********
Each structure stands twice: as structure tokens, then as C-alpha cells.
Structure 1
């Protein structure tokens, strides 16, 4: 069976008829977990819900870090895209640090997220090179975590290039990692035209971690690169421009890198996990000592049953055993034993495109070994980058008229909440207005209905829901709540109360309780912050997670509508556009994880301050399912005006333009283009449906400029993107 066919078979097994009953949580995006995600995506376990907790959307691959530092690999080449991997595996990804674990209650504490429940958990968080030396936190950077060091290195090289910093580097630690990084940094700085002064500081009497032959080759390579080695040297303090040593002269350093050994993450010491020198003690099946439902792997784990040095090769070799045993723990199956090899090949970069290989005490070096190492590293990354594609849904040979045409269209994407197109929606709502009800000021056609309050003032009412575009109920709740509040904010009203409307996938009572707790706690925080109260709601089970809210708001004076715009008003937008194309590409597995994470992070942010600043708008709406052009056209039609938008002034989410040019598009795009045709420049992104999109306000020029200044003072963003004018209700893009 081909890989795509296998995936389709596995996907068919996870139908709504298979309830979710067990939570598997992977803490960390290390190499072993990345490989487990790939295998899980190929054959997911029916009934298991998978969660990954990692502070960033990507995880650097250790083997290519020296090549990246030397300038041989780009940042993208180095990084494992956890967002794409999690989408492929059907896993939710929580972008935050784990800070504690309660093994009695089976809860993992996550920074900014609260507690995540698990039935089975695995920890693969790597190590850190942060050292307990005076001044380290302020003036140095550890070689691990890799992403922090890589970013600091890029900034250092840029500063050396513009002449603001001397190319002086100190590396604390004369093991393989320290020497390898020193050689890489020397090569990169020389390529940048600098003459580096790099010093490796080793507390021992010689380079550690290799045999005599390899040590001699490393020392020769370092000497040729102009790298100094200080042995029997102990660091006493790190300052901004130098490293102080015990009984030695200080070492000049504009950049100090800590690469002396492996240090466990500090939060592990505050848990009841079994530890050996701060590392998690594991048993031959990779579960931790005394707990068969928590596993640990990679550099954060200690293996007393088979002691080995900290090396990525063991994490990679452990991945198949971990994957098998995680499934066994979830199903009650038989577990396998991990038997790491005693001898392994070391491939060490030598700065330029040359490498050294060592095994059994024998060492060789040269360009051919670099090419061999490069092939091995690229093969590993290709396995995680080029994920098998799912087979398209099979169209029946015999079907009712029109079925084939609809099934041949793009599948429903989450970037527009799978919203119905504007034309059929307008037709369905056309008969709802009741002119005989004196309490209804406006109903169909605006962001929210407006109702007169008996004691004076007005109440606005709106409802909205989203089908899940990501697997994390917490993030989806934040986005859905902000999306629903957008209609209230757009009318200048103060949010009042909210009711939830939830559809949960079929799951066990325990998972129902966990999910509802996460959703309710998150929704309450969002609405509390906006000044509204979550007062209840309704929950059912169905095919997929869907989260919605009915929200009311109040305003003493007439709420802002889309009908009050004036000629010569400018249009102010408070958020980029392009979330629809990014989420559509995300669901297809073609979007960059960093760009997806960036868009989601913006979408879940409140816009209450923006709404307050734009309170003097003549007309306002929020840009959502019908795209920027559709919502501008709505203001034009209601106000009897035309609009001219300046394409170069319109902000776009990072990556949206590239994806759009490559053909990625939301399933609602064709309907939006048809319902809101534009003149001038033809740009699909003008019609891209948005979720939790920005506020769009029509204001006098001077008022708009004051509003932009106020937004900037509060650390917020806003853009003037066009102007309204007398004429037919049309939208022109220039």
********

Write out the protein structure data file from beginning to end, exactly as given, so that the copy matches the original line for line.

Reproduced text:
Each structure stands twice: as structure tokens, then as C-alpha cells.
Structure 1
């Protein structure tokens, strides 16, 4: 069976008829977990819900870090895209640090997220090179975590290039990692035209971690690169421009890198996990000592049953055993034993495109070994980058008229909440207005209905829901709540109360309780912050997670509508556009994880301050399912005006333009283009449906400029993107 066919078979097994009953949580995006995600995506376990907790959307691959530092690999080449991997595996990804674990209650504490429940958990968080030396936190950077060091290195090289910093580097630690990084940094700085002064500081009497032959080759390579080695040297303090040593002269350093050994993450010491020198003690099946439902792997784990040095090769070799045993723990199956090899090949970069290989005490070096190492590293990354594609849904040979045409269209994407197109929606709502009800000021056609309050003032009412575009109920709740509040904010009203409307996938009572707790706690925080109260709601089970809210708001004076715009008003937008194309590409597995994470992070942010600043708008709406052009056209039609938008002034989410040019598009795009045709420049992104999109306000020029200044003072963003004018209700893009 081909890989795509296998995936389709596995996907068919996870139908709504298979309830979710067990939570598997992977803490960390290390190499072993990345490989487990790939295998899980190929054959997911029916009934298991998978969660990954990692502070960033990507995880650097250790083997290519020296090549990246030397300038041989780009940042993208180095990084494992956890967002794409999690989408492929059907896993939710929580972008935050784990800070504690309660093994009695089976809860993992996550920074900014609260507690995540698990039935089975695995920890693969790597190590850190942060050292307990005076001044380290302020003036140095550890070689691990890799992403922090890589970013600091890029900034250092840029500063050396513009002449603001001397190319002086100190590396604390004369093991393989320290020497390898020193050689890489020397090569990169020389390529940048600098003459580096790099010093490796080793507390021992010689380079550690290799045999005599390899040590001699490393020392020769370092000497040729102009790298100094200080042995029997102990660091006493790190300052901004130098490293102080015990009984030695200080070492000049504009950049100090800590690469002396492996240090466990500090939060592990505050848990009841079994530890050996701060590392998690594991048993031959990779579960931790005394707990068969928590596993640990990679550099954060200690293996007393088979002691080995900290090396990525063991994490990679452990991945198949971990994957098998995680499934066994979830199903009650038989577990396998991990038997790491005693001898392994070391491939060490030598700065330029040359490498050294060592095994059994024998060492060789040269360009051919670099090419061999490069092939091995690229093969590993290709396995995680080029994920098998799912087979398209099979169209029946015999079907009712029109079925084939609809099934041949793009599948429903989450970037527009799978919203119905504007034309059929307008037709369905056309008969709802009741002119005989004196309490209804406006109903169909605006962001929210407006109702007169008996004691004076007005109440606005709106409802909205989203089908899940990501697997994390917490993030989806934040986005859905902000999306629903957008209609209230757009009318200048103060949010009042909210009711939830939830559809949960079929799951066990325990998972129902966990999910509802996460959703309710998150929704309450969002609405509390906006000044509204979550007062209840309704929950059912169905095919997929869907989260919605009915929200009311109040305003003493007439709420802002889309009908009050004036000629010569400018249009102010408070958020980029392009979330629809990014989420559509995300669901297809073609979007960059960093760009997806960036868009989601913006979408879940409140816009209450923006709404307050734009309170003097003549007309306002929020840009959502019908795209920027559709919502501008709505203001034009209601106000009897035309609009001219300046394409170069319109902000776009990072990556949206590239994806759009490559053909990625939301399933609602064709309907939006048809319902809101534009003149001038033809740009699909003008019609891209948005979720939790920005506020769009029509204001006098001077008022708009004051509003932009106020937004900037509060650390917020806003853009003037066009102007309204007398004429037919049309939208022109220039």